The incidence rates of mouth cancer vary from low to high among the countries of Latin America and the Caribbean. According to the Department of Epidemiology, University of São Paulo, Brazil, high incidence rates for oral cancer are found in parts of Latin America and the Caribbean particularly in Brazil, Uruguay and Puerto Rico. The specific risk factors that have been identified are high tobacco smoking, excessive alcohol drinking specially in persons over 50 years old and lifestyle. The large majority of oral cancers have risk factors similar to those occurring in the the upper digestive tract.

The increase in tobacco smoking among females is beginning to and will have a strong impact on the incidence of mouth cancer in the future in the region and around the globe. Oral cancer is the most common cancer in men, and may contribute up to 25% of all new cases of cancer. The American Dental Association (ADA) estimates that this year alone almost 42,000 Americans will be diagnosed with oral and throat cancers. The five (5) year survival rate of those diagnosed is only slightly more than 64 percent? When cancer is detected and treated early, treatment-related health problems are reduced.

The symptoms of mouth or throat cancer can include: a sore or irritation that doesn't go away, red or white patches and pain, tenderness or numbness in mouth or lips; a lump, thickening, rough spot, crust or small eroded area of the mouth or throat; difficulty chewing, swallowing, speaking or moving your tongue or jaw and a change in the way your teeth fit together when you close your mouth.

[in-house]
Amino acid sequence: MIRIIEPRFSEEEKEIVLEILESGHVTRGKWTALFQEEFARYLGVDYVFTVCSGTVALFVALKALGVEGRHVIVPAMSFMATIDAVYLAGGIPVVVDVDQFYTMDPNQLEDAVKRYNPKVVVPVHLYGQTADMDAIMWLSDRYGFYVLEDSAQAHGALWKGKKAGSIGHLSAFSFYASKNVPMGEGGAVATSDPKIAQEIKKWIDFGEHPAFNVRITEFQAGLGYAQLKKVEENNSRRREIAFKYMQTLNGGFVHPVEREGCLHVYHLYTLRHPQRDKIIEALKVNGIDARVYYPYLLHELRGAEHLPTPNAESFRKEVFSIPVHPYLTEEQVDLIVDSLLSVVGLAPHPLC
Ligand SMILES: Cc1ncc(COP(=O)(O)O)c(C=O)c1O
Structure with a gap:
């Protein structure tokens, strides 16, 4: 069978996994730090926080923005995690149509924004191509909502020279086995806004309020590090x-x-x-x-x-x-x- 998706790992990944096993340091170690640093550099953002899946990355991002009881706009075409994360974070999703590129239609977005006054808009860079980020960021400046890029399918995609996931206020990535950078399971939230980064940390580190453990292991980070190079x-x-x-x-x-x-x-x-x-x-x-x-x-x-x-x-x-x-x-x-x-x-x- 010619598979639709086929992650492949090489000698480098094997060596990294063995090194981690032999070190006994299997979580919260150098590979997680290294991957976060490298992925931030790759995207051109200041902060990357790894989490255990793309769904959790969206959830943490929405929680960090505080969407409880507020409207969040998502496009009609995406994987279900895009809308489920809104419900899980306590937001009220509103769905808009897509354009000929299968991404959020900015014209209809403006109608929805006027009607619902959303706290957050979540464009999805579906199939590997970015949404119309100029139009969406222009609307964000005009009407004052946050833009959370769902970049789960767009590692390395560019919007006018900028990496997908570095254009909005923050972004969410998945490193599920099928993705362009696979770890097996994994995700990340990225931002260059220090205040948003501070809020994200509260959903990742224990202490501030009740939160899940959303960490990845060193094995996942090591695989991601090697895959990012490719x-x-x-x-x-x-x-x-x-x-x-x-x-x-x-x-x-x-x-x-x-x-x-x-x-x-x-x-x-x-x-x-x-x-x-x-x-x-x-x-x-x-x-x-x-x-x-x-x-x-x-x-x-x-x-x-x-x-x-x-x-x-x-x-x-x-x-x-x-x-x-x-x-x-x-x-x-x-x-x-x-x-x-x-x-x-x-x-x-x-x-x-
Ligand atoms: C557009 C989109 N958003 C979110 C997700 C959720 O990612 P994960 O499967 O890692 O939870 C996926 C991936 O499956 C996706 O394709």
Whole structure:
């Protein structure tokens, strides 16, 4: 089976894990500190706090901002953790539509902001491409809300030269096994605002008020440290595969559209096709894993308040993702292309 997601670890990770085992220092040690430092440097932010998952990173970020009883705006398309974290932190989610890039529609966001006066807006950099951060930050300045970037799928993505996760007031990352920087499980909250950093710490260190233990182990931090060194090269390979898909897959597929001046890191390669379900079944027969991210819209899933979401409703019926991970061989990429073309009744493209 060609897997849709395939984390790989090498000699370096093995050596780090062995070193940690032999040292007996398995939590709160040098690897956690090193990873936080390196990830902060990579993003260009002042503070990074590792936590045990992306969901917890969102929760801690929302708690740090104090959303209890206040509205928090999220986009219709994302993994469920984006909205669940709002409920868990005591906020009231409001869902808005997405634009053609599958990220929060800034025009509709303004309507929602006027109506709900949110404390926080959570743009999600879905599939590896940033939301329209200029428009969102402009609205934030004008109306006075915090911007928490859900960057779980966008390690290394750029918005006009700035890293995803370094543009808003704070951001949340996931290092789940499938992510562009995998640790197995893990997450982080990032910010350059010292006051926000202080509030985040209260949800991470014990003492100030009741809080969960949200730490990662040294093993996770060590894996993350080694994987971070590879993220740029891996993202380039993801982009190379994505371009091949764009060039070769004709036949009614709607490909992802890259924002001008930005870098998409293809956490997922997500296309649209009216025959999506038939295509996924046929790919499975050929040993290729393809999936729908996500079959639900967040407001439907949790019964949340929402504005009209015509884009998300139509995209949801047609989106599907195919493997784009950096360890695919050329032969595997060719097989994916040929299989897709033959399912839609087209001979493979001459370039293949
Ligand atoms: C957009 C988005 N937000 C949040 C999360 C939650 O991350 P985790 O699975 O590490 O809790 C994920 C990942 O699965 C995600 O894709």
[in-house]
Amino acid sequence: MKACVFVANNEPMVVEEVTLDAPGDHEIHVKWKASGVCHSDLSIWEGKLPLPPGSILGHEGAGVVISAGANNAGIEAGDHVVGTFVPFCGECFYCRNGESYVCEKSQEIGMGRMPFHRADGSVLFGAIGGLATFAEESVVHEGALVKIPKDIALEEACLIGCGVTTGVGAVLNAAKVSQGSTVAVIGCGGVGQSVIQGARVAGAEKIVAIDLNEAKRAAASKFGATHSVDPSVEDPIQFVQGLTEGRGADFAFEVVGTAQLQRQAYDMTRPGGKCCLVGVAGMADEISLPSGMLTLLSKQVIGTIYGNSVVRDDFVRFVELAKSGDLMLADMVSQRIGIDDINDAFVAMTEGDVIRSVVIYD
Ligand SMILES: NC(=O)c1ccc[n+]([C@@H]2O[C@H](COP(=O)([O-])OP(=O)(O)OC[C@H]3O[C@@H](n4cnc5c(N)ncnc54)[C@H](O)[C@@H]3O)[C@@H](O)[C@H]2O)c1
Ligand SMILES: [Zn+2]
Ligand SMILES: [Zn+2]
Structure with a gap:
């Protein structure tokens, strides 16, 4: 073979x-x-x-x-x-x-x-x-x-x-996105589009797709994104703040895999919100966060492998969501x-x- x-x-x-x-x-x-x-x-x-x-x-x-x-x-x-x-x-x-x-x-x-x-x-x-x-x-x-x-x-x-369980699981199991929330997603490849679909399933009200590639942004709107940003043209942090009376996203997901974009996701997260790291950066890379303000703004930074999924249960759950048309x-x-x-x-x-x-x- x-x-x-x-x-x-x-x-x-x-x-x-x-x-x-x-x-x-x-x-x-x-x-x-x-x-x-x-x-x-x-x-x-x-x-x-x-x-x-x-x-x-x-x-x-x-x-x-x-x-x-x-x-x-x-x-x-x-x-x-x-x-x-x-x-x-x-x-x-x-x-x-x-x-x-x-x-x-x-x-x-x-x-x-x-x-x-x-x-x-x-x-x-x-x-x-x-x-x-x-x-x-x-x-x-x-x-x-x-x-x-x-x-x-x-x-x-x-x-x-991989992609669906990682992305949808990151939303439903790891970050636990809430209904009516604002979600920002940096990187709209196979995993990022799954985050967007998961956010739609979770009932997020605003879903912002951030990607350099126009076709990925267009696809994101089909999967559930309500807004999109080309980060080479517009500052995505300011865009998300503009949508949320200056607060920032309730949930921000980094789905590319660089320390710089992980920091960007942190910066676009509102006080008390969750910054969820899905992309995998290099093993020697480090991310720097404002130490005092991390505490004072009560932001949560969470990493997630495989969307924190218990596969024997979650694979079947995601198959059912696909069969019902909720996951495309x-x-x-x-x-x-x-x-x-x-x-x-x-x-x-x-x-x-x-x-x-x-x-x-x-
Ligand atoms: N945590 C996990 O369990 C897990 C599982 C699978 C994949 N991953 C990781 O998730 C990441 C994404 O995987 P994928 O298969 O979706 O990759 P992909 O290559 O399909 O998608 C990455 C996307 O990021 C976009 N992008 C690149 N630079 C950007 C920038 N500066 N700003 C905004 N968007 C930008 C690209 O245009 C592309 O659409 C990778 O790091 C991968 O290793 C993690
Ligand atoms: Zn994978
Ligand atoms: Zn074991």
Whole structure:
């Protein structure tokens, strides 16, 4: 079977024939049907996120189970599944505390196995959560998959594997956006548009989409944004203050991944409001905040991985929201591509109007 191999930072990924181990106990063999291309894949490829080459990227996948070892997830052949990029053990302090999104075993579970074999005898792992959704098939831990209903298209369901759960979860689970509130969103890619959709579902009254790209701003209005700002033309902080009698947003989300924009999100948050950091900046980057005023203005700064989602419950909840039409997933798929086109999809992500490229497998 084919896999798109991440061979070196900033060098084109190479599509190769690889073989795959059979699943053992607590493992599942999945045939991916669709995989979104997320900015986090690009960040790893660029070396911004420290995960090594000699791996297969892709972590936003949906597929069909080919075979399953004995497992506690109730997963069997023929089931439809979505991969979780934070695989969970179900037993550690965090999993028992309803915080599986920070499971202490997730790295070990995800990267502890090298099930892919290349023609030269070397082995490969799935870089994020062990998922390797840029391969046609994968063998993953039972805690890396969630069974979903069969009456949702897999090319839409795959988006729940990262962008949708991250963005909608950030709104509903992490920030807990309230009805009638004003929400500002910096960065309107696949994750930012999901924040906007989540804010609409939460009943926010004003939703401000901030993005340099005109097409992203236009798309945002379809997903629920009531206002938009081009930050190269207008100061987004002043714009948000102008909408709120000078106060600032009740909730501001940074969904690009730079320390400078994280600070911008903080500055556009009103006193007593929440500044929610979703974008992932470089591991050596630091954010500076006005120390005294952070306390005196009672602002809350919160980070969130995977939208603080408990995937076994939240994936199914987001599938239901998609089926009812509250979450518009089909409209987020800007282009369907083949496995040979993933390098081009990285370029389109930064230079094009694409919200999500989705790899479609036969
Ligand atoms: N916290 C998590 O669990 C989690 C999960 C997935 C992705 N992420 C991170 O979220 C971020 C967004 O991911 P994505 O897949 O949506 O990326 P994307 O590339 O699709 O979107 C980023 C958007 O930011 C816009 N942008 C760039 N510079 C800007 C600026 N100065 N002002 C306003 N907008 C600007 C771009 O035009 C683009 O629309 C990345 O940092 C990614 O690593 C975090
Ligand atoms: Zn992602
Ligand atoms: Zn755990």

But more recently, the Human Papilloma Virus (HPV), which is sexually transmitted, has been associated with cancers of the oropharyngeal region that is the part of the throat at the back of the mouth. HPV-positive oropharyngeal cancers are related to the increasing incidence of throat cancers in non-smoking adults. Although HPV-positive oropharyngeal cancers are often diagnosed at a later stage, people with HPV-positive cancers have a lower risk of dying or having recurrence.

In some Latin American and Caribbean countries, lay educational information on oral cancer is scant. Oral cancer is a serious and growing problem in many parts of the developing world but most are preventable. The importance of improving information systems on cancer and the development of tobacco smoking and alcohol cessation programs are stressed. The training of health practitioners in the early detection and treatment of mouth lesions is a major public health goal that could improve survival. But the difficulties encountered by people from the lowest socioeconomic strata in obtaining access to quality and timely primary health care often hinder this objective.

Oral and oropharyngeal cancer is generally described as cancers of the lip, tongue and mouth (oral cavity) and oropharynx (head and neck). When grouped together, it is the sixth (6th) most common cancer in the world. With an estimated half a million cases around the globe and the rising trends reported in some populations, particularly in the young, urgent public health measures are needed to reduce the incidence and mortality of oral and oropharyngeal cancer. When oral cancer and all cancers are detected and treated early, treatment-related health problems are reduced.